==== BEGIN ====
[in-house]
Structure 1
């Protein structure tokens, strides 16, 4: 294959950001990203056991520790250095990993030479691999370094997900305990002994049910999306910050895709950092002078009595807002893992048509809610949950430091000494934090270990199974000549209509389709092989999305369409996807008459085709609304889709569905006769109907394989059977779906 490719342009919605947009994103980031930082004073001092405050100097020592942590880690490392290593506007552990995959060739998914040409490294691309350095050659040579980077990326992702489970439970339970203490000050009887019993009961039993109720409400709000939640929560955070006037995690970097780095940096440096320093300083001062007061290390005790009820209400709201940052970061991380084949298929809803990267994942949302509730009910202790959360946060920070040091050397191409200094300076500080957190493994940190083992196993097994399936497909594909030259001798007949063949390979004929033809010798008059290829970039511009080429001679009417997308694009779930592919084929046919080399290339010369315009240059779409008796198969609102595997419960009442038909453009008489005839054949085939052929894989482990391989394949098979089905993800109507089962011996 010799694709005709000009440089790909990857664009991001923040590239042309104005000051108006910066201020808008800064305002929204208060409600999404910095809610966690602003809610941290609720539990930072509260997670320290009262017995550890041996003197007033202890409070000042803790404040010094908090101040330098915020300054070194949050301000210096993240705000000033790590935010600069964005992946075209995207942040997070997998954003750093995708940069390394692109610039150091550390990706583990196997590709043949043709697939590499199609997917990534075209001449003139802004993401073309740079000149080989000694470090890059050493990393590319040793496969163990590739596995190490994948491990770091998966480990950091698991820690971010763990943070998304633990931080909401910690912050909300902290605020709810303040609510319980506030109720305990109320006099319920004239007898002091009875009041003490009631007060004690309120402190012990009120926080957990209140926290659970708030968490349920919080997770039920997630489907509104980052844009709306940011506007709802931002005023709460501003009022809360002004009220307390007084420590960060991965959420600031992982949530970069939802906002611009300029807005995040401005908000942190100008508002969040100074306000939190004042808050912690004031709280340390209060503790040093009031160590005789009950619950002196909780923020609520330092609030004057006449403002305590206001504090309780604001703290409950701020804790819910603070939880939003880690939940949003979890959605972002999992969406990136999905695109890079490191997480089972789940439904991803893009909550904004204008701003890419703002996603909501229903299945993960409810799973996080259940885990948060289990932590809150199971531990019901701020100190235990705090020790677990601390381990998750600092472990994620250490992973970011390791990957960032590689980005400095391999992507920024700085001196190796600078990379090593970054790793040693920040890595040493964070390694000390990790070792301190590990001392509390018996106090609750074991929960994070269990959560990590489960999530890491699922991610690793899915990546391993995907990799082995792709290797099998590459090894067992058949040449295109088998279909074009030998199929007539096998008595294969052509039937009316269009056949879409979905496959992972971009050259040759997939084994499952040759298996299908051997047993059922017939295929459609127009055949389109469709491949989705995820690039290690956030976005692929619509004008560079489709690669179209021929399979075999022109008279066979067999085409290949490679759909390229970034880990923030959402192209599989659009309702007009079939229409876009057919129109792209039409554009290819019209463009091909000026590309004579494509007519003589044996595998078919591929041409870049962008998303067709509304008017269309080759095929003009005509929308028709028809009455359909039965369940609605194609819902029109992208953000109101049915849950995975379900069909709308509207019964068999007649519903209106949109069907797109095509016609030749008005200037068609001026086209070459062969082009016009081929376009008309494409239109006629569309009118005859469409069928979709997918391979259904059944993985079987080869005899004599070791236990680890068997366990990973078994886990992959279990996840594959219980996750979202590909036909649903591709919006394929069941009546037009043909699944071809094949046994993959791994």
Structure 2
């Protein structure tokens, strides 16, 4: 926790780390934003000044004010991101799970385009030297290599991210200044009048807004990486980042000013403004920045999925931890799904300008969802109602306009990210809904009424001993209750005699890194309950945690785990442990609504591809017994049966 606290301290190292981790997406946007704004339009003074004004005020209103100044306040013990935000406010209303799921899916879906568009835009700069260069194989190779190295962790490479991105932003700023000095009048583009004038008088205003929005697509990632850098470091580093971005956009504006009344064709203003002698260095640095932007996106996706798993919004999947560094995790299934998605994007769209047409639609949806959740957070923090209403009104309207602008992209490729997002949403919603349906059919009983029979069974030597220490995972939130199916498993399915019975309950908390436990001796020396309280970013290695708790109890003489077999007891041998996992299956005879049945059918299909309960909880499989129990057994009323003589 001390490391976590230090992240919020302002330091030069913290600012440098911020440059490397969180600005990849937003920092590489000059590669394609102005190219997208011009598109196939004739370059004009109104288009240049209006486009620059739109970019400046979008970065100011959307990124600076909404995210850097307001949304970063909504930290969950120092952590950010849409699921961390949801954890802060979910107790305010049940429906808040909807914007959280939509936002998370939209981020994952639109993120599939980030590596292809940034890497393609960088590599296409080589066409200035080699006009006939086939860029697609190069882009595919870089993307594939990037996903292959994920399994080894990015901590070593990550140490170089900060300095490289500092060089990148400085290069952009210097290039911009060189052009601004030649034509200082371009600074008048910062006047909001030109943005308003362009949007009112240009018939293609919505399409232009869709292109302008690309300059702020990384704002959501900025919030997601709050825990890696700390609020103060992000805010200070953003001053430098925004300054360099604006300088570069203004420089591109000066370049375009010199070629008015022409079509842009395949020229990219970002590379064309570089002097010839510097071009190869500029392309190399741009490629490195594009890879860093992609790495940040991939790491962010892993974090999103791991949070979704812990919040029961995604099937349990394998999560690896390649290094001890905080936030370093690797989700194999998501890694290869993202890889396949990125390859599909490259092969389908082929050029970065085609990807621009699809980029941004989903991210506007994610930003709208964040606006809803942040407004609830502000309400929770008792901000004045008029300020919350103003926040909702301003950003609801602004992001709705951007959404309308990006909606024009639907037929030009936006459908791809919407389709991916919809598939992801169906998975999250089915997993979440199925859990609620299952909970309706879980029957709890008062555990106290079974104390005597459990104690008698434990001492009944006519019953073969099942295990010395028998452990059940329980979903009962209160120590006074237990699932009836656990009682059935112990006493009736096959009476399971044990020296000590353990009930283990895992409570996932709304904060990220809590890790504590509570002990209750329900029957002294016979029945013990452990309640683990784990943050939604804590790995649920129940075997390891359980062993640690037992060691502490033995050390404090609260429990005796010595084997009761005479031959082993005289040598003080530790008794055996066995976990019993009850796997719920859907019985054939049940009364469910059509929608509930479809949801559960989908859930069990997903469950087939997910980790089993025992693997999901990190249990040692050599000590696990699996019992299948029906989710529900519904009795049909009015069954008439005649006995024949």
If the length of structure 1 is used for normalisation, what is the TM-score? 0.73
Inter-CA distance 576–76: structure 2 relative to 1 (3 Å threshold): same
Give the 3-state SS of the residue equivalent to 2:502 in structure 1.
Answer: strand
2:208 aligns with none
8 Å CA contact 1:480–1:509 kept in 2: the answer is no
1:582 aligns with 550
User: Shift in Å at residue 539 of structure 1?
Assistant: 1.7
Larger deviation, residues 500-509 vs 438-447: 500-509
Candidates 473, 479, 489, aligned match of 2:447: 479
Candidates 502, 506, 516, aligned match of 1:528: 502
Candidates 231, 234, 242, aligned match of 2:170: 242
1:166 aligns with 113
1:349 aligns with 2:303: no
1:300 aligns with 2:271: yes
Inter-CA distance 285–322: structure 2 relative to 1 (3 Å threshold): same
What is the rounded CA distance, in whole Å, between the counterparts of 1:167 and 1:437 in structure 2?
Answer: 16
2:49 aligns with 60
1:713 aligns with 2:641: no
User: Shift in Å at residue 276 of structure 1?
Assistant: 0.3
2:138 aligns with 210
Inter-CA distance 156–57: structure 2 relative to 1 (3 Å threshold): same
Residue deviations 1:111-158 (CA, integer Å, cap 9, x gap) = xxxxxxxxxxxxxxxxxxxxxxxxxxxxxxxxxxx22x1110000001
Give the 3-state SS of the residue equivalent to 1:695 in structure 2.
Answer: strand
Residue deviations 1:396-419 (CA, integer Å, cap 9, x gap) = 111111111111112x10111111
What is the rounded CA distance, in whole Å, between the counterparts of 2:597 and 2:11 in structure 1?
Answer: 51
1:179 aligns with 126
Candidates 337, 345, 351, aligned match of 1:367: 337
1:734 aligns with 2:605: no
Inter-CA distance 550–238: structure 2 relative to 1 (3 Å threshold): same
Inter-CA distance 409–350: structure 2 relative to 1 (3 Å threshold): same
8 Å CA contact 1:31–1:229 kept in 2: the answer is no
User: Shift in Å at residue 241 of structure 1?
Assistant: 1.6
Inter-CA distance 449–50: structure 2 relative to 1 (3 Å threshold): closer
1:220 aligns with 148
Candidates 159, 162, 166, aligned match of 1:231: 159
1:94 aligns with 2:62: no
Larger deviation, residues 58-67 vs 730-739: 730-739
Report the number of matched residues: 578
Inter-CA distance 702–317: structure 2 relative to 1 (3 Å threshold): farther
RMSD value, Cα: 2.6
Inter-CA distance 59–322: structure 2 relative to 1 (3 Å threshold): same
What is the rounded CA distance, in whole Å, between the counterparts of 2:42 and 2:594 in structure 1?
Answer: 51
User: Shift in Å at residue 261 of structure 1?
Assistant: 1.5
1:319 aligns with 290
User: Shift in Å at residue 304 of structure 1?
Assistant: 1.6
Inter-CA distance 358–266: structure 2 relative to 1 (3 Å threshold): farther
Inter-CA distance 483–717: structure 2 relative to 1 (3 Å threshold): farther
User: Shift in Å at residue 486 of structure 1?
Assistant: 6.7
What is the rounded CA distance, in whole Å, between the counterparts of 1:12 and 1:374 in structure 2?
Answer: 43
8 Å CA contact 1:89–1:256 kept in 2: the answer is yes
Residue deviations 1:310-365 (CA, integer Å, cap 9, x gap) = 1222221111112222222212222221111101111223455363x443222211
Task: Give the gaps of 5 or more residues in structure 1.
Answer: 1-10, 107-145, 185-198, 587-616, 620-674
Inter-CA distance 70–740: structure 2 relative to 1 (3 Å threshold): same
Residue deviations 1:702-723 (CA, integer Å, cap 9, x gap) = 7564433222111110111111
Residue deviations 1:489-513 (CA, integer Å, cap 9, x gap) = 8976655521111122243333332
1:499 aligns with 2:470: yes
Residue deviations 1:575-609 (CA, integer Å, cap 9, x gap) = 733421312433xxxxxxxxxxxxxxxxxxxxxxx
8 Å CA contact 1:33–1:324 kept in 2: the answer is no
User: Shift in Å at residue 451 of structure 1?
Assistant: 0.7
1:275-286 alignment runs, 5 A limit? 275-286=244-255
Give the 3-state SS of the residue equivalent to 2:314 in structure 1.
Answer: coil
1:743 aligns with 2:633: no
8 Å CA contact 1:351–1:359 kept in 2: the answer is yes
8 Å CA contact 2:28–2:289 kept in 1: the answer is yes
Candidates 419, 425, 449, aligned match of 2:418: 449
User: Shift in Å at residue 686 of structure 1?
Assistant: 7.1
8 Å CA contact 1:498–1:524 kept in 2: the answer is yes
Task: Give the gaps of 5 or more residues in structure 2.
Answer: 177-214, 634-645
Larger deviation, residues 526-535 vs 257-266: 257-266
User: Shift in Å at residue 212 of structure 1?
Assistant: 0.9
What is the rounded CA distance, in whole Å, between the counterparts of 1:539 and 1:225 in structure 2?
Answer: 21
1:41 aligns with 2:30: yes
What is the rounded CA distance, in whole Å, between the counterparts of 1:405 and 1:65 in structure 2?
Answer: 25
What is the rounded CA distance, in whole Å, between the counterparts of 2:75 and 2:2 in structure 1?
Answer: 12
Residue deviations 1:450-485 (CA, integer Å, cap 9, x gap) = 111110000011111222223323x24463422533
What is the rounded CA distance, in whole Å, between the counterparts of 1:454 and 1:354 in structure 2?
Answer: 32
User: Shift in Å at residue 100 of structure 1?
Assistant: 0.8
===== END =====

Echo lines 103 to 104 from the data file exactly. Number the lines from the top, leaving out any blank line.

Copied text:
Answer: 32
User: Shift in Å at residue 100 of structure 1?